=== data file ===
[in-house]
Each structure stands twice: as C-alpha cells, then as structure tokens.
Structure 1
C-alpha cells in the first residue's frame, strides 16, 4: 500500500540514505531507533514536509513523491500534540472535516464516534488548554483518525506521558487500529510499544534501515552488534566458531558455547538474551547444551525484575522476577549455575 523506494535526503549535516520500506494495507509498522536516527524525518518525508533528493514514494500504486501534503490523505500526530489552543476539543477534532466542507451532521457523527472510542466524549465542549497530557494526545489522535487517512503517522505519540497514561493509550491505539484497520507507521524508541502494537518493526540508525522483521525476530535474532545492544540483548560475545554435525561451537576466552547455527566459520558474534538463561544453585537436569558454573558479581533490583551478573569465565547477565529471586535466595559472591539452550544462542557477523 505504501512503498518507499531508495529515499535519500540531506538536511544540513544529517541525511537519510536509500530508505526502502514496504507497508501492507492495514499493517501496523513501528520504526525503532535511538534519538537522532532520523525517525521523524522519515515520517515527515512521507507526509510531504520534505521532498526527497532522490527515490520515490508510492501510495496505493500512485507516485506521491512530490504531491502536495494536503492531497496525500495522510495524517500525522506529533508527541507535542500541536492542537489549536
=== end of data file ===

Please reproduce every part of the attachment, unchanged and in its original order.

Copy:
[in-house]
Each structure stands twice: as C-alpha cells, then as structure tokens.
Structure 1
C-alpha cells in the first residue's frame, strides 16, 4: 500500500540514505531507533514536509513523491500534540472535516464516534488548554483518525506521558487500529510499544534501515552488534566458531558455547538474551547444551525484575522476577549455575 523506494535526503549535516520500506494495507509498522536516527524525518518525508533528493514514494500504486501534503490523505500526530489552543476539543477534532466542507451532521457523527472510542466524549465542549497530557494526545489522535487517512503517522505519540497514561493509550491505539484497520507507521524508541502494537518493526540508525522483521525476530535474532545492544540483548560475545554435525561451537576466552547455527566459520558474534538463561544453585537436569558454573558479581533490583551478573569465565547477565529471586535466595559472591539452550544462542557477523 505504501512503498518507499531508495529515499535519500540531506538536511544540513544529517541525511537519510536509500530508505526502502514496504507497508501492507492495514499493517501496523513501528520504526525503532535511538534519538537522532532520523525517525521523524522519515515520517515527515512521507507526509510531504520534505521532498526527497532522490527515490520515490508510492501510495496505493500512485507516485506521491512530490504531491502536495494536503492531497496525500495522510495524517500525522506529533508527541507535542500541536492542537489549536